Enhancing the Validity of Self-Reported Alcohol and Marijuana Consumption Using a Bogus Pipeline Procedure: A Meta-Analytic Review


Two separate meta-analyses were conducted to test whether the use of self-report measures within the bogus pipeline (BPL) paradigm yields more valid responses than the use of self-report measures alone for assessing alcohol and marijuana consumption. Weighted mean effect sizes (ds) of 0.01 and -0.12 were obtained for studies using alcohol and marijuana selfreports, respectively. Chi-square tests based on Ns of 1, 892 for the alcohol sample and 1, 425 for the marijuana sample indicated homogeneity of effect sizes for both data bases. Explanations for why a BPL procedure does not improve the validity of self-reported alcohol and marijuana consumption are provided. In addition, alternative methods that may enhance the validity of alcohol and marijuana self-reports are discussed. © 1995, Taylor & Francis Group, LLC. All rights reserved.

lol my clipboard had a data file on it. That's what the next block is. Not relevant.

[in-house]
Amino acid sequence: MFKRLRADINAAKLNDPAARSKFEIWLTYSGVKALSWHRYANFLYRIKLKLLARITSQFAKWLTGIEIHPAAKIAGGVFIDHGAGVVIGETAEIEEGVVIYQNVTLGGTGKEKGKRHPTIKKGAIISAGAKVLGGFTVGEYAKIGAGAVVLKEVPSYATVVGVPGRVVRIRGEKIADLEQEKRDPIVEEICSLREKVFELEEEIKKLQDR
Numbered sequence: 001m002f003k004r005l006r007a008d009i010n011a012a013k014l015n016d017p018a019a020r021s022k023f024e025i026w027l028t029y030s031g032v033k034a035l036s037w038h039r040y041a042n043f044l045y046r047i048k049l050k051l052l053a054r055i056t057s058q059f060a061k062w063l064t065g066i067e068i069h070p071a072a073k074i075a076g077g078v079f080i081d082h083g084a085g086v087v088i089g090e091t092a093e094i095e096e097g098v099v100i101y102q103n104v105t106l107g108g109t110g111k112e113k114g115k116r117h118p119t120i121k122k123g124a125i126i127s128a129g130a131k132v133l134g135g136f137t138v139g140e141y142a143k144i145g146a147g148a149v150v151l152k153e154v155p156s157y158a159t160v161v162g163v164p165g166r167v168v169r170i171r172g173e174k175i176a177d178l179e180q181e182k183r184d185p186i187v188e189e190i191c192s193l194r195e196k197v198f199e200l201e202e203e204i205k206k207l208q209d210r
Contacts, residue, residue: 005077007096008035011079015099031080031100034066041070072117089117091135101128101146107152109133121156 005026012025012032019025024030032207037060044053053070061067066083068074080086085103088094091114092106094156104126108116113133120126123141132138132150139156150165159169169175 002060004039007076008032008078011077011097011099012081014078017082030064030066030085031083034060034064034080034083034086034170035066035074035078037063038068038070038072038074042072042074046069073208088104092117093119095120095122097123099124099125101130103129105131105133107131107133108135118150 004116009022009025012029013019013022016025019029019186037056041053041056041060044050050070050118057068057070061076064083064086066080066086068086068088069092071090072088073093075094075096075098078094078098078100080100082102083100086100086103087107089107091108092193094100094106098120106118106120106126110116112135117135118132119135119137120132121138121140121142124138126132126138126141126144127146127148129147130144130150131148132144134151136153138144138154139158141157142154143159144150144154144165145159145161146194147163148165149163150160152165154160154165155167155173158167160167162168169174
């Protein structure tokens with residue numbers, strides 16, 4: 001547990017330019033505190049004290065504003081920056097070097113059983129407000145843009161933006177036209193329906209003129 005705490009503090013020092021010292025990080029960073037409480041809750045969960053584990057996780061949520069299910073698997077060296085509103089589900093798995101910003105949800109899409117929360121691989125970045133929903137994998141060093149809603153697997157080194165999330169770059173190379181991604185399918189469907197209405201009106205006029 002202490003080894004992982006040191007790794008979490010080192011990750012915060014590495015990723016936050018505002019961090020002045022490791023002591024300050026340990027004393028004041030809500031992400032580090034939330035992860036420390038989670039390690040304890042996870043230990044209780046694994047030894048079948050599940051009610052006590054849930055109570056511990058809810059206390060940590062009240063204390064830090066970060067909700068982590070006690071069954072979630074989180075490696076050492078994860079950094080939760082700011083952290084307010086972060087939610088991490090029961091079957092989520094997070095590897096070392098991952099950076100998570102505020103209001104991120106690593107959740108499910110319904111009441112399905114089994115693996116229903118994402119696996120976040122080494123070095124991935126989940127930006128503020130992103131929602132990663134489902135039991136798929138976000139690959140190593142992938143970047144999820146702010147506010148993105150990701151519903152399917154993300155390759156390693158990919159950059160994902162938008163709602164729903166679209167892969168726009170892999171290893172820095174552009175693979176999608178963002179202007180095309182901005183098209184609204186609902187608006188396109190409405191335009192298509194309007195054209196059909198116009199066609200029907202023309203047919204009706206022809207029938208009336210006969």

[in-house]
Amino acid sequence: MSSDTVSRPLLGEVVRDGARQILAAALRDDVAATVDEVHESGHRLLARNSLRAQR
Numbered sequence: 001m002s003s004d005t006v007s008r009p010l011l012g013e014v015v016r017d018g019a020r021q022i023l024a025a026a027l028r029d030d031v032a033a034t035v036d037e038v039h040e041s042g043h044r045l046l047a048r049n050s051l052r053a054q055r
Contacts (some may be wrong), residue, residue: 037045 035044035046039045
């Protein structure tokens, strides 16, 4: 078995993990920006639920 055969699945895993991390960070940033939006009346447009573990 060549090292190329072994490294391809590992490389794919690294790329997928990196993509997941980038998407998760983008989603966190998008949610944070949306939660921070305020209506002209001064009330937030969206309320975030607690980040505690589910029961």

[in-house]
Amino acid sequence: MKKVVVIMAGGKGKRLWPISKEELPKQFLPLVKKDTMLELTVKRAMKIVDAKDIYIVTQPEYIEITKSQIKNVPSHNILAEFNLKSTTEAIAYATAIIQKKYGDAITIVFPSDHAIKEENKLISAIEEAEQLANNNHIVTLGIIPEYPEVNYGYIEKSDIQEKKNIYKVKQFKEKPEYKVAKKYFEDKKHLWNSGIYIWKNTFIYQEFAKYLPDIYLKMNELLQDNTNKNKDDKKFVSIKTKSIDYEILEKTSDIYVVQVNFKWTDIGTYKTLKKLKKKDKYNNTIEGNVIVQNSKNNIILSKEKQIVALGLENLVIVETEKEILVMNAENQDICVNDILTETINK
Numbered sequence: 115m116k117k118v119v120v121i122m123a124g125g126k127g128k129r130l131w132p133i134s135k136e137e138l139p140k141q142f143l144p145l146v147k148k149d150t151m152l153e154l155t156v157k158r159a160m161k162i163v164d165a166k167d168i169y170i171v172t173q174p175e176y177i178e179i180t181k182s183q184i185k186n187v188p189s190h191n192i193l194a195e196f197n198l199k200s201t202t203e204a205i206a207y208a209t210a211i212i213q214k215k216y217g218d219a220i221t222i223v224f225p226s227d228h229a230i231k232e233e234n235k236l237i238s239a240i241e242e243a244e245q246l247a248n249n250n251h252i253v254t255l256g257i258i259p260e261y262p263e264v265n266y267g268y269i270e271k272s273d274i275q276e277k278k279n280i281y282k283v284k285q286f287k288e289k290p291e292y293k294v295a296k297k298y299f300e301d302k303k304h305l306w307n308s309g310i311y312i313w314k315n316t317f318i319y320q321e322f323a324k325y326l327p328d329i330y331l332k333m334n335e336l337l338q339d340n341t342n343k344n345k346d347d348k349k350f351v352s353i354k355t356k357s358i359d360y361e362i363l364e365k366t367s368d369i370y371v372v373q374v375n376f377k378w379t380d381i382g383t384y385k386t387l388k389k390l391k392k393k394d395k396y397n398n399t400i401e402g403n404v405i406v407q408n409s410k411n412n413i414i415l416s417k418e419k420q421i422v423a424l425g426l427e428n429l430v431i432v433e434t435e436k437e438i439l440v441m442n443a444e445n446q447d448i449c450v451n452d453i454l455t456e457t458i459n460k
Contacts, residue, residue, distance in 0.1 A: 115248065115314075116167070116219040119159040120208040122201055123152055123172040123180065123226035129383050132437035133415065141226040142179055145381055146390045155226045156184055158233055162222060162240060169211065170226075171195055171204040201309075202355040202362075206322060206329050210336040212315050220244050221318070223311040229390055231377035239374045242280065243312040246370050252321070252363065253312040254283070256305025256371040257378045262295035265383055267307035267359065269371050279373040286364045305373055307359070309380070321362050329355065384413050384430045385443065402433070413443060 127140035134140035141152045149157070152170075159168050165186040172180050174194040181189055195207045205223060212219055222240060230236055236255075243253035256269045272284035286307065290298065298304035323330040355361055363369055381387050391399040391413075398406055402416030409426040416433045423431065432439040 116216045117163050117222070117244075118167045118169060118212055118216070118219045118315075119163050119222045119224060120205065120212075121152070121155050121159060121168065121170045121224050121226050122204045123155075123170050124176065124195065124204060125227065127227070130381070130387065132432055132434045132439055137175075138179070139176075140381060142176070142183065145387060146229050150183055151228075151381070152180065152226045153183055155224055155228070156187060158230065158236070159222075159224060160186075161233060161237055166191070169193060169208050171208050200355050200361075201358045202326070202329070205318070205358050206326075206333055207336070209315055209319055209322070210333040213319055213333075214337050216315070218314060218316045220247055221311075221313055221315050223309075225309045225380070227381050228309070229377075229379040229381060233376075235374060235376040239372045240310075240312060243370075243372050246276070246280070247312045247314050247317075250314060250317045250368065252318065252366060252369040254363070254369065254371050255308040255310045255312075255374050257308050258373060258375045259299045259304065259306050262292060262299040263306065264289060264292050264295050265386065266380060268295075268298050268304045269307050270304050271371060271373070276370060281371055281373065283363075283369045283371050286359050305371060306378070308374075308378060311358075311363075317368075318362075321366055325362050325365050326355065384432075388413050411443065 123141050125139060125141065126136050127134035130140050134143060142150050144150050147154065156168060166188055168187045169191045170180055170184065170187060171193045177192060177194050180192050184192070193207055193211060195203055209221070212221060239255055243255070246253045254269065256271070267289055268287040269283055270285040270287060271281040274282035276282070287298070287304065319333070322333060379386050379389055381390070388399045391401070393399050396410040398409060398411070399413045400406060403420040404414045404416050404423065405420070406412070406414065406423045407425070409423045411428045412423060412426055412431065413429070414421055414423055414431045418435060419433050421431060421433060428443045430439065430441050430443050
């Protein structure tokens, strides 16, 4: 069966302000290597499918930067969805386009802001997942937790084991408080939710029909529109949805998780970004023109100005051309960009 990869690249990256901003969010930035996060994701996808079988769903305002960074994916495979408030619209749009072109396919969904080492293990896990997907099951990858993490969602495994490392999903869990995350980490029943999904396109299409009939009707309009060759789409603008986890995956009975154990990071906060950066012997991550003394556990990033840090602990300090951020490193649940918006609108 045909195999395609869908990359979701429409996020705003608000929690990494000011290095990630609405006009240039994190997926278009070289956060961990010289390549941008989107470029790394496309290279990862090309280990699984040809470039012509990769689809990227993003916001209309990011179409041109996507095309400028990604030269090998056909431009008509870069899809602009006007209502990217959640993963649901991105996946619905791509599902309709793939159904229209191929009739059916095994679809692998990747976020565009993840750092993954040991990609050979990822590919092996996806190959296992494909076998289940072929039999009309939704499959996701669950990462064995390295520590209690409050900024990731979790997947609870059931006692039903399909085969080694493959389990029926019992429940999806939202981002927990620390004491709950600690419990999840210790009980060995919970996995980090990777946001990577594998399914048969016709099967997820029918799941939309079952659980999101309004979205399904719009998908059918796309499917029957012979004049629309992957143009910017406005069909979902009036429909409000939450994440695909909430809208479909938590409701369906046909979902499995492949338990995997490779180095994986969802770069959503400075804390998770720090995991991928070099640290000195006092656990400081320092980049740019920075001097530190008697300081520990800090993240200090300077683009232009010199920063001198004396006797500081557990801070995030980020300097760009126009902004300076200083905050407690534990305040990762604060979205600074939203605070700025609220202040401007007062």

Publication Title

Basic and Applied Social Psychology